Venezuela in Big Oil’s crosshairs
Anti-war activists will vividly recall how Bush set the stage for invading Iraq by falsely claiming that the Hussein government possessed “weapons of mass destruction.” But it was clear that the real reason for the war was to control Iraq’s vast reserves of oil. Millions of Iraqis and thousands of U.S. soldiers lost their lives because of Big Oil’s greed.
“Before the 2003 invasion, Iraq’s domestic oil industry was fully nationalized and closed to Western oil companies. A decade of war later, it is largely privatized and utterly dominated by foreign firms. From ExxonMobil and Chevron to BP and Shell, the West’s largest oil companies have set up shop in Iraq.” (cnn.com, April 15, 2013)
For more than a decade, Washington has targeted the government of Venezuela for an Iraq-style regime change. Venezuela has now the largest confirmed oil reserves in the world. Venezuela first nationalized a portion of its oil industry in 1976, but giant companies like Exxon and BP retained control of huge portions of oil production, and U.S. and Western European companies owned much of Venezuela’s other industries.
That all changed under the leadership of Venezuela’s Presidents Hugo Chávez and Nicolás Maduro. Big oil companies like Exxon have been kicked out. The telecommunications, electric and many other industries have been nationalized.
Revenue from selling oil, which makes up 95 percent of Venezuela’s exports, began to be distributed among the poor. The poverty rate fell from 50 percent to 30 percent. With the assistance of revolutionary Cuba, health care and education became free. Venezuela now has the highest literacy rate in the region.
The Venezuelan government, through its oil company CITGO, helped many poor people in the U.S. survive the cold winter months for several years.
And most importantly, a powerful mass movement was created among the poor called Bolivarianism, named after Simon Bolivar, the 19th-century revolutionary who led the independence movement in Latin America against Spain. Time and again the poor have poured into the streets to back their leaders facing relentless attacks from the right.
This has earned the Venezuelan government the wrath not only of the rich in Venezuela but also of U.S. imperialism, which engineered a failed coup attempt against Chávez in 2002. The collapse of oil prices in 2015 has caused Washington to step up its campaign to create a counterrevolution in Venezuela to let the wealthy take back “their” oil from the Venezuelan people.
In March 2015, Washington declared Venezuela to be a “national security threat” and issued sanctions against prominent leaders of the country.
Citibank closed down its operations in Venezuela in July last year. President Maduro called this an economic “blockade.” He announced, “No one stops Venezuela!” (reuters.com, July 12)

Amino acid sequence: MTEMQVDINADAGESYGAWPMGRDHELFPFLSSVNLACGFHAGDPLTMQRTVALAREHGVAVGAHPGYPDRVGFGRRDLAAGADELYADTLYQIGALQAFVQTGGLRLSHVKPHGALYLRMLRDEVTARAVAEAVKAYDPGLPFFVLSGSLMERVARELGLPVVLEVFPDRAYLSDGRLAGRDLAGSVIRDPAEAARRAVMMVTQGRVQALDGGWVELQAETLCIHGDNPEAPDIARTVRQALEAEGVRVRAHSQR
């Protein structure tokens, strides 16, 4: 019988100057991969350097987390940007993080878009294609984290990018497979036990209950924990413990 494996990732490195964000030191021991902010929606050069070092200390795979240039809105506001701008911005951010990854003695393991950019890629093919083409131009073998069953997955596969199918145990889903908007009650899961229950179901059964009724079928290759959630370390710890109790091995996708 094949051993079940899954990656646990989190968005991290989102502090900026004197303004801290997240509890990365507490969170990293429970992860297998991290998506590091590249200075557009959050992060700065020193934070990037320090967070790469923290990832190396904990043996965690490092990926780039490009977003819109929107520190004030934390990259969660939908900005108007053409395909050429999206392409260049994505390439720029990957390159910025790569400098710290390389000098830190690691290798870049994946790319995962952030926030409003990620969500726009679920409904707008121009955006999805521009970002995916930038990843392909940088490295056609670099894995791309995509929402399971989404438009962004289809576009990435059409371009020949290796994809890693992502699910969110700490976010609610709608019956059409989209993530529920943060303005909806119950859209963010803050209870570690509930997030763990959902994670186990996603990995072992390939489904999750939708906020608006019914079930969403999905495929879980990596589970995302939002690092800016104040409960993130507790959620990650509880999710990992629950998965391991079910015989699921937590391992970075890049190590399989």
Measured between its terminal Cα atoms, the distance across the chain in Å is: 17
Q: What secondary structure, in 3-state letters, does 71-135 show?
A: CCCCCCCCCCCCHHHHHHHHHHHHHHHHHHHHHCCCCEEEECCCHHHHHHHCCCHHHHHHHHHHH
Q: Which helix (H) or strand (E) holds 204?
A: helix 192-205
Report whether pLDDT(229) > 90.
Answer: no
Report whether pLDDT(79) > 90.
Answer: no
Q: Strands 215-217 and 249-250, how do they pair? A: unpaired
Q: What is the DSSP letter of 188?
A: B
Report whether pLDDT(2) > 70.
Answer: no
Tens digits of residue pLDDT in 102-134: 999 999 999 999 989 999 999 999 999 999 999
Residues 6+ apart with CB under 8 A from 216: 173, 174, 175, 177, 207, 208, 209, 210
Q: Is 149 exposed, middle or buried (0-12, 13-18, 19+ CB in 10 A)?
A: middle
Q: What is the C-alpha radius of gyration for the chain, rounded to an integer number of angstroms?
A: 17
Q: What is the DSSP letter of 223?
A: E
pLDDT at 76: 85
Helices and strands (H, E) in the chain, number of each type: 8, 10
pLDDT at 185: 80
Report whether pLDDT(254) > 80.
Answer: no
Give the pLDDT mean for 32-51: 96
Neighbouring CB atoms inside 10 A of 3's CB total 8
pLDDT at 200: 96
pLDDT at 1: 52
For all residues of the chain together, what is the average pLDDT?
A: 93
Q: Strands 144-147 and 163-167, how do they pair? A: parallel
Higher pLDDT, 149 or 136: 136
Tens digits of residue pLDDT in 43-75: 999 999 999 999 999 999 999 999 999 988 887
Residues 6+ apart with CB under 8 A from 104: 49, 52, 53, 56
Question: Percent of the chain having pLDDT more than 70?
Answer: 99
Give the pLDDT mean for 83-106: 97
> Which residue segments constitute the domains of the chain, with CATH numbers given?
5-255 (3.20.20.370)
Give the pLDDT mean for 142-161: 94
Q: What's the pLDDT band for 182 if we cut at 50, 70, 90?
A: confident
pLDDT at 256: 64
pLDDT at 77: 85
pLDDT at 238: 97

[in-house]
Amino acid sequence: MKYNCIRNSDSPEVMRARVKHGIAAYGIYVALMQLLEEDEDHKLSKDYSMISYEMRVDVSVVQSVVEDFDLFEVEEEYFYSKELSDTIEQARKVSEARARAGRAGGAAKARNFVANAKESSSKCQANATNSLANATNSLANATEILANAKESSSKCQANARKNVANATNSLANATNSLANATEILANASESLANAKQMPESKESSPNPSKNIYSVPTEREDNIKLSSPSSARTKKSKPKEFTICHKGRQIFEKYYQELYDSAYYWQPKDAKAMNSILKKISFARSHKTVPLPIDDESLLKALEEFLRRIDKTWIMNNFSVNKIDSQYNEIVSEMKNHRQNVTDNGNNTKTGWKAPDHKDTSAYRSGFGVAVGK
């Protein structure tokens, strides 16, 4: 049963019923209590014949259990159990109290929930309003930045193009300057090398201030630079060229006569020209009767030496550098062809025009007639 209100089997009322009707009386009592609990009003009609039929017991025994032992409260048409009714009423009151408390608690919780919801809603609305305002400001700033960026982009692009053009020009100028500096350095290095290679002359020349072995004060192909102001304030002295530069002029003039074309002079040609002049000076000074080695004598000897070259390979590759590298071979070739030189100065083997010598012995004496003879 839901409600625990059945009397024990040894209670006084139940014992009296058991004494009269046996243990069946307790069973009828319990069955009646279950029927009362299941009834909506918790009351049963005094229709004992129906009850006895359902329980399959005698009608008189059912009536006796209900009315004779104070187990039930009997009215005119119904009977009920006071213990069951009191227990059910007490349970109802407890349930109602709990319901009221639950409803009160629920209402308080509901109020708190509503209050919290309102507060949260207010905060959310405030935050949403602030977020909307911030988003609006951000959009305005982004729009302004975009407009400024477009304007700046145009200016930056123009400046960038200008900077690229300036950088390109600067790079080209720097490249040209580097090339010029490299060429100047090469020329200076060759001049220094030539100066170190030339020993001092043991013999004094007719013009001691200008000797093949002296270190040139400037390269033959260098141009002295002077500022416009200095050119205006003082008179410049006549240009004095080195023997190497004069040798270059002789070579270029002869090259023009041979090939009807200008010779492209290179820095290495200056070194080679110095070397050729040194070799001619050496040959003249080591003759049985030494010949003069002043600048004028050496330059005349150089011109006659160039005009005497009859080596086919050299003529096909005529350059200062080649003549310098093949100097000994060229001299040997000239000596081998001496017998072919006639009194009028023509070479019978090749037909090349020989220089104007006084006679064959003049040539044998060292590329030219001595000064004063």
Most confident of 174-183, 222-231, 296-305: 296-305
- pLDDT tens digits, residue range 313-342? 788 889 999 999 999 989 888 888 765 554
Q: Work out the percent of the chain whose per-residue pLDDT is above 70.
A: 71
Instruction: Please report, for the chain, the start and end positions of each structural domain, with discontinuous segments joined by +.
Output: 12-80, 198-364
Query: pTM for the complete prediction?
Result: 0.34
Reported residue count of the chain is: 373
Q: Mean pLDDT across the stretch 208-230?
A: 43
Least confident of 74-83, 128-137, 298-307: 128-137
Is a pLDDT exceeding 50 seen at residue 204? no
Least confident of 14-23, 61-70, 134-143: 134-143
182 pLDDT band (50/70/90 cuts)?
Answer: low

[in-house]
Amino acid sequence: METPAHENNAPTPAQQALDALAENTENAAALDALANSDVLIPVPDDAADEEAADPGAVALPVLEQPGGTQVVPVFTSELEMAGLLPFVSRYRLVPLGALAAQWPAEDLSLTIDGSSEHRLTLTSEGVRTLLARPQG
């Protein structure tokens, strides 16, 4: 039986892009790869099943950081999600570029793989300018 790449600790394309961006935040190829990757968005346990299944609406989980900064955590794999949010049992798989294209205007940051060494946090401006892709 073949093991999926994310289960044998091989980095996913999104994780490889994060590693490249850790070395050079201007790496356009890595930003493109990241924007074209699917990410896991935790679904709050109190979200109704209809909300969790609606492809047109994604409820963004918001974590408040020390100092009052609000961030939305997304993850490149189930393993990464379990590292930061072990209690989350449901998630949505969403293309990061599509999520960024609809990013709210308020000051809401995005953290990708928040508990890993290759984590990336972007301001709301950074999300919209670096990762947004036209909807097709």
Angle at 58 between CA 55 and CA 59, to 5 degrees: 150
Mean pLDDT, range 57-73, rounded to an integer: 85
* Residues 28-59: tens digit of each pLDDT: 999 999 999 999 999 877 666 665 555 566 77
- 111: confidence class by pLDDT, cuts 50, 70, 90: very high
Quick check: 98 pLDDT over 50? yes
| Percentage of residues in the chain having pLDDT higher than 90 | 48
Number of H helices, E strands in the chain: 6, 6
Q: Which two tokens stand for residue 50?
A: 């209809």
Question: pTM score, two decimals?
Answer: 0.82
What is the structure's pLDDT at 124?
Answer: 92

In March of this year the main leader of the Venezuelan right-wing “opposition,” ignoring the fact that President Maduro’s term of office does not expire until next year, repeated his call for the Venezuelan military to conduct a coup d’état against the government, while also mobilizing armed gangs to attack government institutions and security forces.
Wall Street think tanks like the Council on Foreign Relations and the Center for Strategic and International Studies falsely proclaimed that Venezuela is undergoing a “humanitarian crisis,” complete with medicine shortages and mass starvation. Their solution? “The current U.S. administration should lead a regional coalition to halt the implosion in Venezuela.” (csis.org, April 11)
The CSIS is even calling on the Venezuelan government to drop its own currency and accept “dollarization.”
In April, Admiral Kurt W. Tidd, the Pentagon’s top official for Latin America, issued an ominous report to the Senate Armed Services Committee. He stated, “The growing humanitarian crisis in Venezuela could eventually compel a regional response.”
Both Russia and China have recently made large bank loans to Venezuela. Echoing the infamous “Monroe Doctrine,” Adm. Tidd continued, “Over the past decade, China, Russia and Iran have established a greater presence in the region. These global actors view the Latin American economic, political and security arena as an opportunity to achieve their respective long-term objectives and advance interests that may be incompatible with ours and those of our partners.” (telesur.net, April 6)
That same Senate committee has sponsored legislation from both Republicans and Democrats. Accusing the Venezuelan government of corruption and participating in the drug trade, it calls for more sanctions against Venezuela. The groundwork for a U.S. invasion is being laid step-by- step.
But the Venezuelan people are strong. When the rich organized a “women in white” demonstration in Caracas May 6, they were met by thousands of “women in red” ready to defend their government against the wealthy oligarchs and U.S. imperialism’s threats. (reuters.com, May 7) The anti-war movement here must stand by them and defend Venezuela from Big Oil and its Pentagon henchmen.
Hands off Venezuela!